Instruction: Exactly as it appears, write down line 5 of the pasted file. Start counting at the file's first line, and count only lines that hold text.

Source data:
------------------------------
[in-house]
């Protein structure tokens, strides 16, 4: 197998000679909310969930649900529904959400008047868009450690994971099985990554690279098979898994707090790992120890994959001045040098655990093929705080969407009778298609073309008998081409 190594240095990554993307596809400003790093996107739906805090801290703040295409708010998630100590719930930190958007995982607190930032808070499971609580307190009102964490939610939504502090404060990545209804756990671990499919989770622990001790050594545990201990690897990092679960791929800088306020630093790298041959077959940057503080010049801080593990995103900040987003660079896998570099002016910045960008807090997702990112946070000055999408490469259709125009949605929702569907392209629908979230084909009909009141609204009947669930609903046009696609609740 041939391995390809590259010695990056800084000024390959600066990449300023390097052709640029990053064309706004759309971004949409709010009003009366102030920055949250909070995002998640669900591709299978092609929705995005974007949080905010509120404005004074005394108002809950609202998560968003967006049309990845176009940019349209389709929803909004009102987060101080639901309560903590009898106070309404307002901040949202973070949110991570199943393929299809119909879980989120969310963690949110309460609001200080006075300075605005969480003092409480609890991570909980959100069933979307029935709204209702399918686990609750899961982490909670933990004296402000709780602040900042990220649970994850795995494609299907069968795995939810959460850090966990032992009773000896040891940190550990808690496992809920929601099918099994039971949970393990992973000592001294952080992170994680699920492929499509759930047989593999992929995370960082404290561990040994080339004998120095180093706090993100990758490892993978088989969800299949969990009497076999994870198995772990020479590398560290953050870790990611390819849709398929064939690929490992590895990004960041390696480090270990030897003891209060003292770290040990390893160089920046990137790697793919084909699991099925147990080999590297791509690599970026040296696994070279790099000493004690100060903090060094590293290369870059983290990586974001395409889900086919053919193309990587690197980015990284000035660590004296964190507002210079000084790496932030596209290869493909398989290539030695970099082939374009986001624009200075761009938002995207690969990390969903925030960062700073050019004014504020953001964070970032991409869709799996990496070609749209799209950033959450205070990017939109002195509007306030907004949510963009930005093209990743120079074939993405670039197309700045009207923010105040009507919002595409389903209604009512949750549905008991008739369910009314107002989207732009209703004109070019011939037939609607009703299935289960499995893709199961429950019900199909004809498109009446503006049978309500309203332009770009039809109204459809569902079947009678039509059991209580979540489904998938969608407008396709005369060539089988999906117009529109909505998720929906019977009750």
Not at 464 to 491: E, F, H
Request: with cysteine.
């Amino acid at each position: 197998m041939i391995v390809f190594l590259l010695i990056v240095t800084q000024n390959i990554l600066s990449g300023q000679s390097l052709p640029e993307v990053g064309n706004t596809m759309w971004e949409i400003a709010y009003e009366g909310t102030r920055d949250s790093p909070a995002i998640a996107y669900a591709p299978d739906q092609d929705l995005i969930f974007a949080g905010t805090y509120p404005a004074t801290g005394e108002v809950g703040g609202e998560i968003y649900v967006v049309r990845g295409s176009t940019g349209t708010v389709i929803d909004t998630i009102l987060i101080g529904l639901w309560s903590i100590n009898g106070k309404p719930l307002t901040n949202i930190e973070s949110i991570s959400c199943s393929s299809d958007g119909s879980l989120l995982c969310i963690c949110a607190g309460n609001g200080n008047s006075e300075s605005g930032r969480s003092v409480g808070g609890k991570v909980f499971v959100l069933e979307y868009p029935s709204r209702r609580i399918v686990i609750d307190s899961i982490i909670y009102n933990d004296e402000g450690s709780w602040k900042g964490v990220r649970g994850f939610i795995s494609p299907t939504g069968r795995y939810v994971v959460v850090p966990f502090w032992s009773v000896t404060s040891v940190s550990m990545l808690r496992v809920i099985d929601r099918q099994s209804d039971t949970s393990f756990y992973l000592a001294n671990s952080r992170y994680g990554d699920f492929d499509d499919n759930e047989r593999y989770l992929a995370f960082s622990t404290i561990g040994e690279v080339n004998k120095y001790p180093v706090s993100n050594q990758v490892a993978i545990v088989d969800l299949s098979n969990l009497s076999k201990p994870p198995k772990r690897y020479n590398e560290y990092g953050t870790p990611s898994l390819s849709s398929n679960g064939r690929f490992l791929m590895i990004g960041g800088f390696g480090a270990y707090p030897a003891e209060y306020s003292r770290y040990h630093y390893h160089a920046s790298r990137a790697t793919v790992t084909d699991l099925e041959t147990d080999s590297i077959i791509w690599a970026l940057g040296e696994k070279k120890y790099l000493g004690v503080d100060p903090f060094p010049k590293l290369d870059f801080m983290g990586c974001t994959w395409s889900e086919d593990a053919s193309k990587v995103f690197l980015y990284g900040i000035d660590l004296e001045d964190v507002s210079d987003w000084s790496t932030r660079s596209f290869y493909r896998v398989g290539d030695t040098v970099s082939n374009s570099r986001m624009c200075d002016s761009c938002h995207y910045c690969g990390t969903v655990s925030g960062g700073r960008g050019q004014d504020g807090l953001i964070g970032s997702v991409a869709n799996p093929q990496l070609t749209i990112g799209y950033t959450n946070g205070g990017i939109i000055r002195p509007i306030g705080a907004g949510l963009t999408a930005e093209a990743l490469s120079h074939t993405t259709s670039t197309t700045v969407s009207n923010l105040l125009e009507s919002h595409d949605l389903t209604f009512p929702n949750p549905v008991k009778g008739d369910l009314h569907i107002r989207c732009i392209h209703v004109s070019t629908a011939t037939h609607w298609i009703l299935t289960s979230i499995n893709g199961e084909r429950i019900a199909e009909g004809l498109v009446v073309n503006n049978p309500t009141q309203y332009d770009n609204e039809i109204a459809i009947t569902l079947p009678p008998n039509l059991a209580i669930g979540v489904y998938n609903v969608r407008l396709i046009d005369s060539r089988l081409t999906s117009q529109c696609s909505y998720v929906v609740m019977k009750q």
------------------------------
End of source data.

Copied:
């Amino acid at each position: 197998m041939i391995v390809f190594l590259l010695i990056v240095t800084q000024n390959i990554l600066s990449g300023q000679s390097l052709p640029e993307v990053g064309n706004t596809m759309w971004e949409i400003a709010y009003e009366g909310t102030r920055d949250s790093p909070a995002i998640a996107y669900a591709p299978d739906q092609d929705l995005i969930f974007a949080g905010t805090y509120p404005a004074t801290g005394e108002v809950g703040g609202e998560i968003y649900v967006v049309r990845g295409s176009t940019g349209t708010v389709i929803d909004t998630i009102l987060i101080g529904l639901w309560s903590i100590n009898g106070k309404p719930l307002t901040n949202i930190e973070s949110i991570s959400c199943s393929s299809d958007g119909s879980l989120l995982c969310i963690c949110a607190g309460n609001g200080n008047s006075e300075s605005g930032r969480s003092v409480g808070g609890k991570v909980f499971v959100l069933e979307y868009p029935s709204r209702r609580i399918v686990i609750d307190s899961i982490i909670y009102n933990d004296e402000g450690s709780w602040k900042g964490v990220r649970g994850f939610i795995s494609p299907t939504g069968r795995y939810v994971v959460v850090p966990f502090w032992s009773v000896t404060s040891v940190s550990m990545l808690r496992v809920i099985d929601r099918q099994s209804d039971t949970s393990f756990y992973l000592a001294n671990s952080r992170y994680g990554d699920f492929d499509d499919n759930e047989r593999y989770l992929a995370f960082s622990t404290i561990g040994e690279v080339n004998k120095y001790p180093v706090s993100n050594q990758v490892a993978i545990v088989d969800l299949s098979n969990l009497s076999k201990p994870p198995k772990r690897y020479n590398e560290y990092g953050t870790p990611s898994l390819s849709s398929n679960g064939r690929f490992l791929m590895i990004g960041g800088f390696g480090a270990y707090p030897a003891e209060y306020s003292r770290y040990h630093y390893h160089a920046s790298r990137a790697t793919v790992t084909d699991l099925e041959t147990d080999s590297i077959i791509w690599a970026l940057g040296e696994k070279k120890y790099l000493g004690v503080d100060p903090f060094p010049k590293l290369d870059f801080m983290g990586c974001t994959w395409s889900e086919d593990a053919s193309k990587v995103f690197l980015y990284g900040i000035d660590l004296e001045d964190v507002s210079d987003w000084s790496t932030r660079s596209f290869y493909r896998v398989g290539d030695t040098v970099s082939n374009s570099r986001m624009c200075d002016s761009c938002h995207y910045c690969g990390t969903v655990s925030g960062g700073r960008g050019q004014d504020g807090l953001i964070g970032s997702v991409a869709n799996p093929q990496l070609t749209i990112g799209y950033t959450n946070g205070g990017i939109i000055r002195p509007i306030g705080a907004g949510l963009t999408a930005e093209a990743l490469s120079h074939t993405t259709s670039t197309t700045v969407s009207n923010l105040l125009e009507s919002h595409d949605l389903t209604f009512p929702n949750p549905v008991k009778g008739d369910l009314h569907i107002r989207c732009i392209h209703v004109s070019t629908a011939t037939h609607w298609i009703l299935t289960s979230i499995n893709g199961e084909r429950i019900a199909e009909g004809l498109v009446v073309n503006n049978p309500t009141q309203y332009d770009n609204e039809i109204a459809i009947t569902l079947p009678p008998n039509l059991a209580i669930g979540v489904y998938n609903v969608r407008l396709i046009d005369s060539r089988l081409t999906s117009q529109c696609s909505y998720v929906v609740m019977k009750q």